ABOUT

Mateo is a Doctoral Researcher at Centre for Advanced Spatial Analysis through the Alan Turing Institute doctoral programme. Mateo is interested in the application of data science and artificial intelligence on the built environment.

He is an architect with a MSc in Smart Cities and Urban Analytics from UCL, and works at the architectural practice Foster + Partners where he implements novel frameworks and methods to understand cities and urbanisation to inform design strategies.

Previously, Mateo worked as a spatial algorithm reseacher at SignalBox, developing positioning and context detection algorithms for transport networks using realtime transport data and mobile signals.

His interests revolve around cities as systems of interaction, particularly how urban dynamics shape and are shaped by collective behaviour. His research seeks to understand and model hidden relationships between connectivity, complexity, and resilience for coupled socio-physical systems.

You can find my full resume here.



PROJECTS

Analyzing Transport Networks

Interactive Web tool to explore centrality measures of the metro systems of London, New York, Chicago, and Santiago de Chile. The time-weighted graphs were constructed using publicly available GTFS data and visualized using javascript. Click on the image to view the tool, along with a more indepth description.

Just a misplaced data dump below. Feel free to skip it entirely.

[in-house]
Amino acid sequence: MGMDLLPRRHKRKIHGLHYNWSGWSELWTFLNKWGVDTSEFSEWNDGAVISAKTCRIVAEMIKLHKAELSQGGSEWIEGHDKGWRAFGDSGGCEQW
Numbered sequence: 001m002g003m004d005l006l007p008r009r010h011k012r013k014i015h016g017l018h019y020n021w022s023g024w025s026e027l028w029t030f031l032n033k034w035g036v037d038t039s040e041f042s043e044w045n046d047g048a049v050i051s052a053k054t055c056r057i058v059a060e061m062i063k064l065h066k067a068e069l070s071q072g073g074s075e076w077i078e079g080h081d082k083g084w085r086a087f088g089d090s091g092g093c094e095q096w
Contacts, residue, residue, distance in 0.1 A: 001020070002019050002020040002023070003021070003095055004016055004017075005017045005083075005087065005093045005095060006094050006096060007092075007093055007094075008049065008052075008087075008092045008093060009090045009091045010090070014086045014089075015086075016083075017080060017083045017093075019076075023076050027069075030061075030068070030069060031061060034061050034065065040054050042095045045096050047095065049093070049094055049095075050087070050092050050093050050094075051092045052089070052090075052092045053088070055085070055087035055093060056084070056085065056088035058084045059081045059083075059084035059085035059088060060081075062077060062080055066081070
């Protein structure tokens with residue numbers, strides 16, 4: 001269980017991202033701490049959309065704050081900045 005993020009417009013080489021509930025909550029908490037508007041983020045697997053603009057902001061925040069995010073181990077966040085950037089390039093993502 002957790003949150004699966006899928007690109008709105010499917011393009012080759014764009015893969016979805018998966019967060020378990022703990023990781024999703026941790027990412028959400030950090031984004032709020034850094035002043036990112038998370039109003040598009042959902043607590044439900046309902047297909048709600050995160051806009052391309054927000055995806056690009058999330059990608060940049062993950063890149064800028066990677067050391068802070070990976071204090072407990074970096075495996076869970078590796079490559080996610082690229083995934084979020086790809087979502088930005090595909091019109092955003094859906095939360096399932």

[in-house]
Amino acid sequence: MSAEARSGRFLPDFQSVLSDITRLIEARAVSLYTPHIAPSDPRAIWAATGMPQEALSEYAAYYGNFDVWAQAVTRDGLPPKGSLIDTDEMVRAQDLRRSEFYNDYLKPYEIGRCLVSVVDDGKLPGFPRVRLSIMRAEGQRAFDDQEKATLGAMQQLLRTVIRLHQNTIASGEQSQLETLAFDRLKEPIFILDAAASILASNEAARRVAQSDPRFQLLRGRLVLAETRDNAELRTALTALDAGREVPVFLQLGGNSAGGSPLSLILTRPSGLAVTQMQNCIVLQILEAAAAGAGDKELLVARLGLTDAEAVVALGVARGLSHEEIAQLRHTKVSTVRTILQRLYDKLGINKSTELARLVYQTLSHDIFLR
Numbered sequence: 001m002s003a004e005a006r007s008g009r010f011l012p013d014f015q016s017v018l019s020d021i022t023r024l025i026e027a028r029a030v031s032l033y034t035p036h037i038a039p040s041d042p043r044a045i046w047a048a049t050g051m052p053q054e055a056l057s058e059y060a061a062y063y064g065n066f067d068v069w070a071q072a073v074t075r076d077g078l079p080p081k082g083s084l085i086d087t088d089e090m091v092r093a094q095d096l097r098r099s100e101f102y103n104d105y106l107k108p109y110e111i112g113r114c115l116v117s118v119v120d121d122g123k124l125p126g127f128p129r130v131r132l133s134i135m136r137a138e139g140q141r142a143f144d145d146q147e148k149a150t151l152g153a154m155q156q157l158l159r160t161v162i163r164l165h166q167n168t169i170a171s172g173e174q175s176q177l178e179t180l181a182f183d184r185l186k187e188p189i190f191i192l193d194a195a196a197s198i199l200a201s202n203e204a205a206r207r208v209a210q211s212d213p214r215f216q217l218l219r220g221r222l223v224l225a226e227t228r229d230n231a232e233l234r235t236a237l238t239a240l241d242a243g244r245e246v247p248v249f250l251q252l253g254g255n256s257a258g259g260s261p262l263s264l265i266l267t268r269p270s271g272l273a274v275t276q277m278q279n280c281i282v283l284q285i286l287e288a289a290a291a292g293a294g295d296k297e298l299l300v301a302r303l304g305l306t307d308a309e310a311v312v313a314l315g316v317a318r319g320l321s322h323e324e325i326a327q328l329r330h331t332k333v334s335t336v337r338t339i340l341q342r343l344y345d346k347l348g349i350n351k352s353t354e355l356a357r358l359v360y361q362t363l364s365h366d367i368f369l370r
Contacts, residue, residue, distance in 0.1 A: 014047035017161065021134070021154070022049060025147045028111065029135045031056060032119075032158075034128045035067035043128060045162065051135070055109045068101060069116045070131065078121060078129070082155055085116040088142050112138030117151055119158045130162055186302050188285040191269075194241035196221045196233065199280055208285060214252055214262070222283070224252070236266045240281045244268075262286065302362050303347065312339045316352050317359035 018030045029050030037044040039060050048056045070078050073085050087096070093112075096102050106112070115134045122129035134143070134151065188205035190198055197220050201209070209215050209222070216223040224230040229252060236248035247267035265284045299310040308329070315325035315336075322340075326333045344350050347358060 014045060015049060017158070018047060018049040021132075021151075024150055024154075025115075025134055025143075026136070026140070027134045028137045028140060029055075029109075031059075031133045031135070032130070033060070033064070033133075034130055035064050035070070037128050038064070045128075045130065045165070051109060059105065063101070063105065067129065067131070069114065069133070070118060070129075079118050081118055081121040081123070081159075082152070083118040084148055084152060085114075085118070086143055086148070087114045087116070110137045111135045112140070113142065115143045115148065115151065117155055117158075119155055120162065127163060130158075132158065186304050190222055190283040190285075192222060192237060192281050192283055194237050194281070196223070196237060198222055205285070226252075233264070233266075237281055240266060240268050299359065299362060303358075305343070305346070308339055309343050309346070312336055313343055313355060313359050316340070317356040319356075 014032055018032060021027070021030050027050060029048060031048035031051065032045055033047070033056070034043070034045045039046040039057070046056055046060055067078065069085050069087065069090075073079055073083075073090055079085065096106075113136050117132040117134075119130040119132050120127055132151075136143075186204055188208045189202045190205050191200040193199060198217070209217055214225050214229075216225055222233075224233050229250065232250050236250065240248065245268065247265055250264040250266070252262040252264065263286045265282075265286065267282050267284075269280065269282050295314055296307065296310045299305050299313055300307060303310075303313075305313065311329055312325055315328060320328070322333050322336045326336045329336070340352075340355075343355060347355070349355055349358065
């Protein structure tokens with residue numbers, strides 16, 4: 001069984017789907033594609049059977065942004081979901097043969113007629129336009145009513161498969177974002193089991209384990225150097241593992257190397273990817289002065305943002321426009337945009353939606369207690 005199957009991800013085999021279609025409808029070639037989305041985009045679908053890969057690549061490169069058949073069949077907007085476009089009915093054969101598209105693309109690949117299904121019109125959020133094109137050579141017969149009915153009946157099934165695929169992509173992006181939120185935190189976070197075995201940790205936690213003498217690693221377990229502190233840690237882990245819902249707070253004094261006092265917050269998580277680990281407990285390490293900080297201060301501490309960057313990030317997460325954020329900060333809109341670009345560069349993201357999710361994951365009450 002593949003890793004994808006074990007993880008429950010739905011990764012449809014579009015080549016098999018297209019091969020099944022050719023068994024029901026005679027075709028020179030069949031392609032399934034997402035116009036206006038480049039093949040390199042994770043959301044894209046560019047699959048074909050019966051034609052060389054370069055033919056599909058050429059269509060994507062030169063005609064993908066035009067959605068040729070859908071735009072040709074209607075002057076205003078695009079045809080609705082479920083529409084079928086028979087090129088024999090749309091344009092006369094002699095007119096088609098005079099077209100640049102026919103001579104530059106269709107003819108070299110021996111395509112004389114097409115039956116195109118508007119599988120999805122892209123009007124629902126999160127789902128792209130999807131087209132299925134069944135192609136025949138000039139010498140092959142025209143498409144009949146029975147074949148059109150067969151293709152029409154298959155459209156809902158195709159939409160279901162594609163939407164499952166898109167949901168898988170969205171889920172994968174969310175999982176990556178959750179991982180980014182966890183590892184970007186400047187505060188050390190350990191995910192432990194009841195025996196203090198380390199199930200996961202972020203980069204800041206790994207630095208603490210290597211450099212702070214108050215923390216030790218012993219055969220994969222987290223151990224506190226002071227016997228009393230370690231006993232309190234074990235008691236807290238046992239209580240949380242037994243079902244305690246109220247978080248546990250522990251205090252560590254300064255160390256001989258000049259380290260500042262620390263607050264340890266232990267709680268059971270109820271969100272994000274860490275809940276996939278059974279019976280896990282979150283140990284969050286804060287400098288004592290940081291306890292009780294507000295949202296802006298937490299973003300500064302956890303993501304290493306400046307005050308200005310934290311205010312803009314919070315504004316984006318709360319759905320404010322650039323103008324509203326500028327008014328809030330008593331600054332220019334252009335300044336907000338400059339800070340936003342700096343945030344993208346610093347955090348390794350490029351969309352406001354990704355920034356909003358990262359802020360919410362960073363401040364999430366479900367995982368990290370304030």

placeSpace

placeSpace is an interactive online platform that enables users to visualize and explore amenity location and distribution in London. The platform originates from the need to interpret and assess the complexity of cities in terms of agglomeration economies.


urbanPulse

Our collective activities in the city unfold in time and space in a repeating fashion. These cyclic patterns of actions and interactions create a particular rythm, an urban ‘Pulse’ influenced by socio-cultural and physical aspects of our environment.

Increasingly people use online networks to interact, and even though these interactions are virtual, they take place in physical space. By retreiving the digital traces they leave behind we can visualize these cyclic spatio-temporal patterns in a city.